Philhealth cleansing before bailout urged

A HOUSE leader on Sunday said the Philippine Health Insurance Corp. (PhilHealth) must undergo “thorough financial checkup” and “cleansing” before the government considers any sort of bailout for the troubled state insurer.

“PhilHealth should come clean about its current financial standing and must be willing to go through a cleansing process to rid the agency of corrupt officials and employees prior to any government bailout,” said House Deputy Majority Leader and Bagong Henerasyon (BH) party-list Rep. Bernadette Herrera.

Herrera made the statement after Presidential Spokesperson Harry Roque announced that the government was ready to provide funding to ensure the survival of PhilHealth, which is tasked with implementing the landmark Universal Health Care (UHC) Act of 2019.

As one of the authors of the UHC law in Congress, Herrera welcomed the government’s assurance, saying it “helps to allay concerns that the corruption scandal and funding problems hounding PhilHealth would delay the law’s implementation.”

“We cannot afford any delay in the implementation of the law, which guarantees equitable access to quality and affordable health care services for all Filipinos,” Herrera said.

PhilHealth acting senior vice president for actuarial services Nerissa Santiago recently told a Senate hearing that the state-run insurance firm may cease to exist by 2022 due to the "double impact” of decreasing collections and increasing payouts for the hospitalization of coronavirus disease-19 (COVID-19) patients.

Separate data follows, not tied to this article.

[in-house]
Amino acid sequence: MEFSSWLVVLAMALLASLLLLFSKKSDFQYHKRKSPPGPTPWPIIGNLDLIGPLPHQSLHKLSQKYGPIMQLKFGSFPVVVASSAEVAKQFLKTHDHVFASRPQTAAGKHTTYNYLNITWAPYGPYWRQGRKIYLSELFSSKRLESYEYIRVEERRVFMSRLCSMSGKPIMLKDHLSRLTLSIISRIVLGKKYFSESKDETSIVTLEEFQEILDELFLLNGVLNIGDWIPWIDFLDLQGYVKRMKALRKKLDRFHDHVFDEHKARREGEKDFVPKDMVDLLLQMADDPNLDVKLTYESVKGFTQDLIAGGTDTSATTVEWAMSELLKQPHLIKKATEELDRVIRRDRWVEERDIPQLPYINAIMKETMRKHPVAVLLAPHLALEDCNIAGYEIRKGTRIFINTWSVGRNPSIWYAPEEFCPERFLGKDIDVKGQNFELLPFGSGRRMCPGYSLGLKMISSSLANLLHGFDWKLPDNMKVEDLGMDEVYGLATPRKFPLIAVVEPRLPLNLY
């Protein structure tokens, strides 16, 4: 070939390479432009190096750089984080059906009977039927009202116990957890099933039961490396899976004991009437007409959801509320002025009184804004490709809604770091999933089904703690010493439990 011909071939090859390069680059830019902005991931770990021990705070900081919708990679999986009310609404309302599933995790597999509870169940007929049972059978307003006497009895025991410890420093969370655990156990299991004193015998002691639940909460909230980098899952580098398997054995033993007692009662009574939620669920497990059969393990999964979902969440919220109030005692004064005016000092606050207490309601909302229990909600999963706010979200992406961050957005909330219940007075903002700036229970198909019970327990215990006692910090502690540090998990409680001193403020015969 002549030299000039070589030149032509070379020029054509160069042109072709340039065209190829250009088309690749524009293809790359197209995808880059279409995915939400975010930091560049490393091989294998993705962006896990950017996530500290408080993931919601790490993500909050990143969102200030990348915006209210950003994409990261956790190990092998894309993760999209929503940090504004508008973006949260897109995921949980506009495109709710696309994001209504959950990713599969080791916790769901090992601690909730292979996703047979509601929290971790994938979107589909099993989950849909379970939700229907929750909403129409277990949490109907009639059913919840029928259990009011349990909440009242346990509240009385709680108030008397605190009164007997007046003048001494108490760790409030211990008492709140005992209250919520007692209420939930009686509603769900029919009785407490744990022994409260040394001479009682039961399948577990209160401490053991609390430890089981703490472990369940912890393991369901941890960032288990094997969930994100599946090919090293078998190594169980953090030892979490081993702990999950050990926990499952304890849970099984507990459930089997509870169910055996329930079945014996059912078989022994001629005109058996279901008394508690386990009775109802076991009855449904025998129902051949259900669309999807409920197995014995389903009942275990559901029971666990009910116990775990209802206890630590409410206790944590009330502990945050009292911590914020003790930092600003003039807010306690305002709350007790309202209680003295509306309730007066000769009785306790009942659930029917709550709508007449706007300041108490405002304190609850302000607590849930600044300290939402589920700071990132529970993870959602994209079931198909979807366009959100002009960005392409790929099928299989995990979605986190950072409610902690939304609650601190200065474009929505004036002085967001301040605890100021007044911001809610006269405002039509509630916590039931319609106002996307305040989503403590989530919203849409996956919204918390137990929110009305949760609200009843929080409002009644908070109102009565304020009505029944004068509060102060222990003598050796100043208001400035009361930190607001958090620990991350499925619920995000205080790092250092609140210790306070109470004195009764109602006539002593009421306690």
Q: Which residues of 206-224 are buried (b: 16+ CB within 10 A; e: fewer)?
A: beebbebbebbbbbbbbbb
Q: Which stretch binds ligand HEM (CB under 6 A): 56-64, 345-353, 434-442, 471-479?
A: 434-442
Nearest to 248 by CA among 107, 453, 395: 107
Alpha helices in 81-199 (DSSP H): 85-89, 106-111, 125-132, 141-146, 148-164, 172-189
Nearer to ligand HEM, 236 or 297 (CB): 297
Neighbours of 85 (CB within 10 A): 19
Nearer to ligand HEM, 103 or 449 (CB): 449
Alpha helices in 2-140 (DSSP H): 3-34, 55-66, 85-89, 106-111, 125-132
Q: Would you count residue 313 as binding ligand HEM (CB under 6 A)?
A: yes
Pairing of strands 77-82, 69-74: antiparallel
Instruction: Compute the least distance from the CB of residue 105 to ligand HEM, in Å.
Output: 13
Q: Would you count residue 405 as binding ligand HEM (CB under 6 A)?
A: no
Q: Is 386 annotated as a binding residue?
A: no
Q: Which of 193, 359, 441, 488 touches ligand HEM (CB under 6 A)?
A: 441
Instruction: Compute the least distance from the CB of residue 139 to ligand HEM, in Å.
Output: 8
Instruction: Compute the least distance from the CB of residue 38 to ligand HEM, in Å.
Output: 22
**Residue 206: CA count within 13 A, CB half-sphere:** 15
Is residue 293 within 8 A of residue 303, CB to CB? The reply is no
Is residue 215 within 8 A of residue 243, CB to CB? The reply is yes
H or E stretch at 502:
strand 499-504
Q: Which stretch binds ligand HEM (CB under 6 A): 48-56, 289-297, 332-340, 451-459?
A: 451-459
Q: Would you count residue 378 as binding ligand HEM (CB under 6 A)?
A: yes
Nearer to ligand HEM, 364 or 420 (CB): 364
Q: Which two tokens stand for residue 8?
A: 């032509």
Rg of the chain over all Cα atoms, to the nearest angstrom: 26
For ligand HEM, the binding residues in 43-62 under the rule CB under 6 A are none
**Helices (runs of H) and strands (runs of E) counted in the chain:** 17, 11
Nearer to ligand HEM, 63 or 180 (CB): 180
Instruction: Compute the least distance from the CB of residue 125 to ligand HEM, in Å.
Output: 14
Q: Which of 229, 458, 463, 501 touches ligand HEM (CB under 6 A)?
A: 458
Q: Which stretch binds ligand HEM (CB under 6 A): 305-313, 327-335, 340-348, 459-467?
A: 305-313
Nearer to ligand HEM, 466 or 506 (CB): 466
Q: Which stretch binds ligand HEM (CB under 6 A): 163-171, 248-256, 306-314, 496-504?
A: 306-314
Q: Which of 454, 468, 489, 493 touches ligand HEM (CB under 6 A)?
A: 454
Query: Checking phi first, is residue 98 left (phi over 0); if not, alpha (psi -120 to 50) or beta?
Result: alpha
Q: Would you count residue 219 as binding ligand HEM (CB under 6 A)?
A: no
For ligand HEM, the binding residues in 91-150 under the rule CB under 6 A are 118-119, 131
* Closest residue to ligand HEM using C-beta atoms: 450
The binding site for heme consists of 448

Earlier, the agency’s president and CEO, Ricardo Morales, said the implementation of UHC and expansion of primary health benefits may have to be delayed as the pandemic dealt a big blow to PhilHealth’s finances and capacity to pay for the healthcare services of its members.

Amid its financial troubles, PhilHealth was rocked with corruption scandals involving P15 billion supposedly pocketed by a “mafia” operating within the corporation and the alleged overpriced purchase of an IT system worth over P2 billion.

Given the circumstances, Herrera said the government must condition any emergency funding on “greater transparency, accountability and
efficiency” to ensure that PhilHealth does not find itself in a similar situation in the future.

“PhilHealth should not be provided additional funding unless meaningful changes are implemented to ensure it can effectively fulfill its mandate and tasks under the UHC law,” the party-list lawmaker said.